No, it hasn’t anything to do with courage. It’s more that I was so desperate and so frustrated. The only way I could trick myself into writing was by ­doing it like this. By setting myself the premise that I would write very quickly and not edit, that everything should be in it. Without that, I wouldn’t have been able to do it. I’m too self-critical to be a writer, really, and I was very critical of this project. It was torture. I had a friend, I read everything to him on the phone, all thirty-six hundred pages as I wrote them, and he had to say, This is good, you must go on. 

The part you describe about shitting in the wood, though—that was a joy to write. That’s the other side of it, you know, because it’s unheard of to go into such detail, but for a kid it’s very important how the shit looks, how it smells, all the differences between one shit and another. That’s a child’s world, and I felt connected to it through the character of the child. I ­remembered, all of a sudden, how it was. The small things mattered, like shitting. It’s easy to understand why. You don’t yet have many experiences, and it’s your body, and here is the world going into it and then leaving it, 
and although it’s not the first time that this has happened, still it is kind of a new thing. 

WOOD

And of course that’s the great theme of your work—meaning and the loss of meaning. It’s obvious enough that in your work the insane attention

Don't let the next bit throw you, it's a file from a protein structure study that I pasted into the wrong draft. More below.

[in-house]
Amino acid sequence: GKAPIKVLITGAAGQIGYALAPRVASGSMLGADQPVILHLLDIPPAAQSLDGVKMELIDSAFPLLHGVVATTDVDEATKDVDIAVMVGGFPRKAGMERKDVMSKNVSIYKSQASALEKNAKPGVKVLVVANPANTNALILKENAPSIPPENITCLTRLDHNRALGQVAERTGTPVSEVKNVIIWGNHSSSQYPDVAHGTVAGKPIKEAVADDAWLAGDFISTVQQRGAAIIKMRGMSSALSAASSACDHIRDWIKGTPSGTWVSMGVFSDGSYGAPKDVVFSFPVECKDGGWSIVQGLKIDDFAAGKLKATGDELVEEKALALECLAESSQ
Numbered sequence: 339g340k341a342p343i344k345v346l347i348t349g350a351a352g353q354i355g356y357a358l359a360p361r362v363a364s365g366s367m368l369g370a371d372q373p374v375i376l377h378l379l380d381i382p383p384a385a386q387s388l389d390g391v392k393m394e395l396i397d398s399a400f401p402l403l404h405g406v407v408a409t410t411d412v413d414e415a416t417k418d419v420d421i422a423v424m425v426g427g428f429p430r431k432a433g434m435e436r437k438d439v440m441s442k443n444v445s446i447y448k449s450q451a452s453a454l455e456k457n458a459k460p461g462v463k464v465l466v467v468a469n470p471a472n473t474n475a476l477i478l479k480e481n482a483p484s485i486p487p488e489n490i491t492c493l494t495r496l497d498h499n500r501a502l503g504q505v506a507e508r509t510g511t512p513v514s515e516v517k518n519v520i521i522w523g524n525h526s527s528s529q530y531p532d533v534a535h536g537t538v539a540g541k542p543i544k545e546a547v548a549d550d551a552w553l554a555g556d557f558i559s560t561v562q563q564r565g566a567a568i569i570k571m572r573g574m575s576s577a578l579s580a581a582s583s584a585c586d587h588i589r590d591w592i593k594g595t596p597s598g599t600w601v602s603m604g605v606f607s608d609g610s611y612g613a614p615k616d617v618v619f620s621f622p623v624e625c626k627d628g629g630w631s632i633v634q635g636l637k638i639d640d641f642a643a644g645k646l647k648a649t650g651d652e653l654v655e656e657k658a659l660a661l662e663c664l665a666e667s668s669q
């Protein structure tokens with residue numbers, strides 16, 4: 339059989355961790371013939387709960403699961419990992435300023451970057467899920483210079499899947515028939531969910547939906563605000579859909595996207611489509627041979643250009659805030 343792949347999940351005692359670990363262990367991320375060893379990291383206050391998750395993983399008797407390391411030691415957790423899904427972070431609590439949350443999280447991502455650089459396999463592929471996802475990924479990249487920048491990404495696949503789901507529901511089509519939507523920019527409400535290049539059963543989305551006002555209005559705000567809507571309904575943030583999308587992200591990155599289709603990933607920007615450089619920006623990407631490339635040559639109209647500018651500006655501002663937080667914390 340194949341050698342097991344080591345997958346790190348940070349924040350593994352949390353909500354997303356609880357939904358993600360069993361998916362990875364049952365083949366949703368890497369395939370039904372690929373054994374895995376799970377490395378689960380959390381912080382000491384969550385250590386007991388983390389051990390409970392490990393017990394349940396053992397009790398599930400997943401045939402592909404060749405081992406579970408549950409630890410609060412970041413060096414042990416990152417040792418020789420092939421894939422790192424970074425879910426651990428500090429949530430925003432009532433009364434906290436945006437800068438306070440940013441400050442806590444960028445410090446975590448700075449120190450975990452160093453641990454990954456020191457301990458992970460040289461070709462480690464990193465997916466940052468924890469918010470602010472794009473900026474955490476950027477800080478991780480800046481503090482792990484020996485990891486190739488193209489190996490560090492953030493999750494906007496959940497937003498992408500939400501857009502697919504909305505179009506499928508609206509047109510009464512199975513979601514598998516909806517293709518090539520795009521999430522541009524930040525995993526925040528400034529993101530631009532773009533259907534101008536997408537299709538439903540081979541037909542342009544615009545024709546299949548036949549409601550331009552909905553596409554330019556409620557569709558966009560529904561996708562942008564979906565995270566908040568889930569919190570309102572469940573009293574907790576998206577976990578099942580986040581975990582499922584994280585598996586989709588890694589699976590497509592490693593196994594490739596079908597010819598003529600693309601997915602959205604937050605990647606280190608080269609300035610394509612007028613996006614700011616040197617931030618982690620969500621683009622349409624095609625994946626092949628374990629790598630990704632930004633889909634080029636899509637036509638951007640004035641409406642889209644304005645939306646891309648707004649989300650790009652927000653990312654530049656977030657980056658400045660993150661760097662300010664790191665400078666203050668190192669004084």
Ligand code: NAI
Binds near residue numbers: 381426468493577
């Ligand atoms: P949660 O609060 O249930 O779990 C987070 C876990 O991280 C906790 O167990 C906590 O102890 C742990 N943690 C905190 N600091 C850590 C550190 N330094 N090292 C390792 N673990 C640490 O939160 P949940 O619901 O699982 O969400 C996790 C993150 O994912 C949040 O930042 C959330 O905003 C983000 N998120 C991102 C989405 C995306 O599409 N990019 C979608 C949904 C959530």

to objects is an attempt to rescue them from loss, from the loss of meaning. It’s a tragedy of getting older. We can’t ever recover that extraordinary novelty, that newness, that we experienced as children, and so you try to bring those meanings and memories back. There’s a lovely thing in 
Adorno’s Negative Dialectics that reminds me of your work. Adorno writes, “If the thought really yielded to the object, if its attention were on the ­object, not on its ­category, the very objects would start talking under the lingering eye.” Does that sound like a reasonable description of what you are trying to do?

KNAUSGAARD

Very much so. Before I wrote My Struggle, I had a feeling that novels tend 
to obscure the world instead of showing it, because their form is so much alike from novel to novel. It’s the same with films, with their attention to narrative structure. Most films, anyway. One thing I did while I was at work on the project was to watch the film Shoah, about the Holocaust. In the 
end, after you’ve seen these nine and a half hours, there is no form. Or it’s a kind of extreme form, which brings it closer to a real experience. I’d 
been thinking about that and about the world as it ordinarily comes to us filtered through news, through media. The same form, the same language, makes everything the same. That was a problem I had before I started 
My Struggle. The traditional form of the novel wasn’t eloquent. I didn’t 
believe in it, for the reasons I’ve said. Now, I don’t really pay much attention to the world. I’m not very present. I’m detached from almost everything.